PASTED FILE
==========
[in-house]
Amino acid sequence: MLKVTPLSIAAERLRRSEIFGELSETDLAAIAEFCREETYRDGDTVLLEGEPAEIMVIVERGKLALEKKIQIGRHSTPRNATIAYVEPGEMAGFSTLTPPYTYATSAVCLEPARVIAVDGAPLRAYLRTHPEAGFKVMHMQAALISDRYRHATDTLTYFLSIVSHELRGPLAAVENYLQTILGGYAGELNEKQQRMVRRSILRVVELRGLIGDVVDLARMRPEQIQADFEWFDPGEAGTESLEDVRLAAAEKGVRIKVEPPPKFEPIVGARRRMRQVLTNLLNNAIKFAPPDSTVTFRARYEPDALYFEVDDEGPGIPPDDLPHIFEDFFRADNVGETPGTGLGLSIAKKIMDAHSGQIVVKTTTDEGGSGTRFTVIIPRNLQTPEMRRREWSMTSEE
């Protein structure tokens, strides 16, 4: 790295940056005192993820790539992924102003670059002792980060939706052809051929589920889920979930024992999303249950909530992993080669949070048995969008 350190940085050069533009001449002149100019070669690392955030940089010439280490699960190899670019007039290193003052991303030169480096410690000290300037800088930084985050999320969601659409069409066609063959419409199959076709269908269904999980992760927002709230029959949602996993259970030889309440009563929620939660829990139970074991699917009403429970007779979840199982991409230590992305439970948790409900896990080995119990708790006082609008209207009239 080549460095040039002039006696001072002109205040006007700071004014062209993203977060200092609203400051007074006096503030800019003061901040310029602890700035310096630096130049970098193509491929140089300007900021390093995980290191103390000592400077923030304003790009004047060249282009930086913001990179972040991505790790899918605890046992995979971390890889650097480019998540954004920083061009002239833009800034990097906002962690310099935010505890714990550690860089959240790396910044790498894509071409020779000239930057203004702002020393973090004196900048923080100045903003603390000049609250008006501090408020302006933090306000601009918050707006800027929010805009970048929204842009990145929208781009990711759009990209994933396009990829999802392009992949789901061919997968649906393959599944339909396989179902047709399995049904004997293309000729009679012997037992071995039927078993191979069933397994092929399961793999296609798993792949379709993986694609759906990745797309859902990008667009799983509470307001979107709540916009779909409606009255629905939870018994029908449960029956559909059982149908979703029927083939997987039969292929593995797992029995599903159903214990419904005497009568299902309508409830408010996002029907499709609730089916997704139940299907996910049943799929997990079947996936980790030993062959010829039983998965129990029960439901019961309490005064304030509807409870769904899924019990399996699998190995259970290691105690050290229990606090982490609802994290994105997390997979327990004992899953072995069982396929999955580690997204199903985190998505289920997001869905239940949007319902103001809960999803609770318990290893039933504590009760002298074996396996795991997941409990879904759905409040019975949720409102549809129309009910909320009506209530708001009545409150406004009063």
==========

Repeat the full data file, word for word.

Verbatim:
[in-house]
Amino acid sequence: MLKVTPLSIAAERLRRSEIFGELSETDLAAIAEFCREETYRDGDTVLLEGEPAEIMVIVERGKLALEKKIQIGRHSTPRNATIAYVEPGEMAGFSTLTPPYTYATSAVCLEPARVIAVDGAPLRAYLRTHPEAGFKVMHMQAALISDRYRHATDTLTYFLSIVSHELRGPLAAVENYLQTILGGYAGELNEKQQRMVRRSILRVVELRGLIGDVVDLARMRPEQIQADFEWFDPGEAGTESLEDVRLAAAEKGVRIKVEPPPKFEPIVGARRRMRQVLTNLLNNAIKFAPPDSTVTFRARYEPDALYFEVDDEGPGIPPDDLPHIFEDFFRADNVGETPGTGLGLSIAKKIMDAHSGQIVVKTTTDEGGSGTRFTVIIPRNLQTPEMRRREWSMTSEE
């Protein structure tokens, strides 16, 4: 790295940056005192993820790539992924102003670059002792980060939706052809051929589920889920979930024992999303249950909530992993080669949070048995969008 350190940085050069533009001449002149100019070669690392955030940089010439280490699960190899670019007039290193003052991303030169480096410690000290300037800088930084985050999320969601659409069409066609063959419409199959076709269908269904999980992760927002709230029959949602996993259970030889309440009563929620939660829990139970074991699917009403429970007779979840199982991409230590992305439970948790409900896990080995119990708790006082609008209207009239 080549460095040039002039006696001072002109205040006007700071004014062209993203977060200092609203400051007074006096503030800019003061901040310029602890700035310096630096130049970098193509491929140089300007900021390093995980290191103390000592400077923030304003790009004047060249282009930086913001990179972040991505790790899918605890046992995979971390890889650097480019998540954004920083061009002239833009800034990097906002962690310099935010505890714990550690860089959240790396910044790498894509071409020779000239930057203004702002020393973090004196900048923080100045903003603390000049609250008006501090408020302006933090306000601009918050707006800027929010805009970048929204842009990145929208781009990711759009990209994933396009990829999802392009992949789901061919997968649906393959599944339909396989179902047709399995049904004997293309000729009679012997037992071995039927078993191979069933397994092929399961793999296609798993792949379709993986694609759906990745797309859902990008667009799983509470307001979107709540916009779909409606009255629905939870018994029908449960029956559909059982149908979703029927083939997987039969292929593995797992029995599903159903214990419904005497009568299902309508409830408010996002029907499709609730089916997704139940299907996910049943799929997990079947996936980790030993062959010829039983998965129990029960439901019961309490005064304030509807409870769904899924019990399996699998190995259970290691105690050290229990606090982490609802994290994105997390997979327990004992899953072995069982396929999955580690997204199903985190998505289920997001869905239940949007319902103001809960999803609770318990290893039933504590009760002298074996396996795991997941409990879904759905409040019975949720409102549809129309009910909320009506209530708001009545409150406004009063």